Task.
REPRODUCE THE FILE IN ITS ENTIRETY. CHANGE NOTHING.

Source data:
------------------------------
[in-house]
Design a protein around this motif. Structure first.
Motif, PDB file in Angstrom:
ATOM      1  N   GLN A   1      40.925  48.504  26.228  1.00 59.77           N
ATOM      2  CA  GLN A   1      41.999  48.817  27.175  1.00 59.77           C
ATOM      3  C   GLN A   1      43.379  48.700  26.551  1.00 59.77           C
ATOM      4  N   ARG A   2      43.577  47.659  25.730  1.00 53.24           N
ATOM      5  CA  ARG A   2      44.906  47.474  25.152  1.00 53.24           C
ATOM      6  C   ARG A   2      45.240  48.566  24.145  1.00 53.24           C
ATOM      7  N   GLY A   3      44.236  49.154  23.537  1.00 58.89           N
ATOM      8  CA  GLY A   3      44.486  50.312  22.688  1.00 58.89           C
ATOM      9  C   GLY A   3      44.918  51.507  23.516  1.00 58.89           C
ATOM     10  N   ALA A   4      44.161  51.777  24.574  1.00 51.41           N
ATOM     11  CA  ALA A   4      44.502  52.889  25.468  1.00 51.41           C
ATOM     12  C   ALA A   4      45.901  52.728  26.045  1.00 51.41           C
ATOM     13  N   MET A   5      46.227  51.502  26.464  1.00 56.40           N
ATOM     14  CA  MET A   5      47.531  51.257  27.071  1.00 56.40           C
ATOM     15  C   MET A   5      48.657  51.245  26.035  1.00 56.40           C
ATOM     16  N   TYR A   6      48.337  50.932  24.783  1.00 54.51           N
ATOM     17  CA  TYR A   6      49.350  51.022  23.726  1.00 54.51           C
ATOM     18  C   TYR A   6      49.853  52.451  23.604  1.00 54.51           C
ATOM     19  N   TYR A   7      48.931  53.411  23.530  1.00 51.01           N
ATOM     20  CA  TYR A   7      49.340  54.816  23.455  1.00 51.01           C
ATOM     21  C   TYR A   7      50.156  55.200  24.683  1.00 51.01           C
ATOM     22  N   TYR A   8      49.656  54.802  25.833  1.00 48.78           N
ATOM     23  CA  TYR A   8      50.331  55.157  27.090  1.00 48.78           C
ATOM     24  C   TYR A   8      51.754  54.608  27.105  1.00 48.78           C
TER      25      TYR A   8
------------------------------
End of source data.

[in-house]
Design a protein around this motif. Structure first.
Motif, PDB file in Angstrom:
ATOM      1  N   GLN A   1      40.925  48.504  26.228  1.00 59.77           N
ATOM      2  CA  GLN A   1      41.999  48.817  27.175  1.00 59.77           C
ATOM      3  C   GLN A   1      43.379  48.700  26.551  1.00 59.77           C
ATOM      4  N   ARG A   2      43.577  47.659  25.730  1.00 53.24           N
ATOM      5  CA  ARG A   2      44.906  47.474  25.152  1.00 53.24           C
ATOM      6  C   ARG A   2      45.240  48.566  24.145  1.00 53.24           C
ATOM      7  N   GLY A   3      44.236  49.154  23.537  1.00 58.89           N
ATOM      8  CA  GLY A   3      44.486  50.312  22.688  1.00 58.89           C
ATOM      9  C   GLY A   3      44.918  51.507  23.516  1.00 58.89           C
ATOM     10  N   ALA A   4      44.161  51.777  24.574  1.00 51.41           N
ATOM     11  CA  ALA A   4      44.502  52.889  25.468  1.00 51.41           C
ATOM     12  C   ALA A   4      45.901  52.728  26.045  1.00 51.41           C
ATOM     13  N   MET A   5      46.227  51.502  26.464  1.00 56.40           N
ATOM     14  CA  MET A   5      47.531  51.257  27.071  1.00 56.40           C
ATOM     15  C   MET A   5      48.657  51.245  26.035  1.00 56.40           C
ATOM     16  N   TYR A   6      48.337  50.932  24.783  1.00 54.51           N
ATOM     17  CA  TYR A   6      49.350  51.022  23.726  1.00 54.51           C
ATOM     18  C   TYR A   6      49.853  52.451  23.604  1.00 54.51           C
ATOM     19  N   TYR A   7      48.931  53.411  23.530  1.00 51.01           N
ATOM     20  CA  TYR A   7      49.340  54.816  23.455  1.00 51.01           C
ATOM     21  C   TYR A   7      50.156  55.200  24.683  1.00 51.01           C
ATOM     22  N   TYR A   8      49.656  54.802  25.833  1.00 48.78           N
ATOM     23  CA  TYR A   8      50.331  55.157  27.090  1.00 48.78           C
ATOM     24  C   TYR A   8      51.754  54.608  27.105  1.00 48.78           C
TER      25      TYR A   8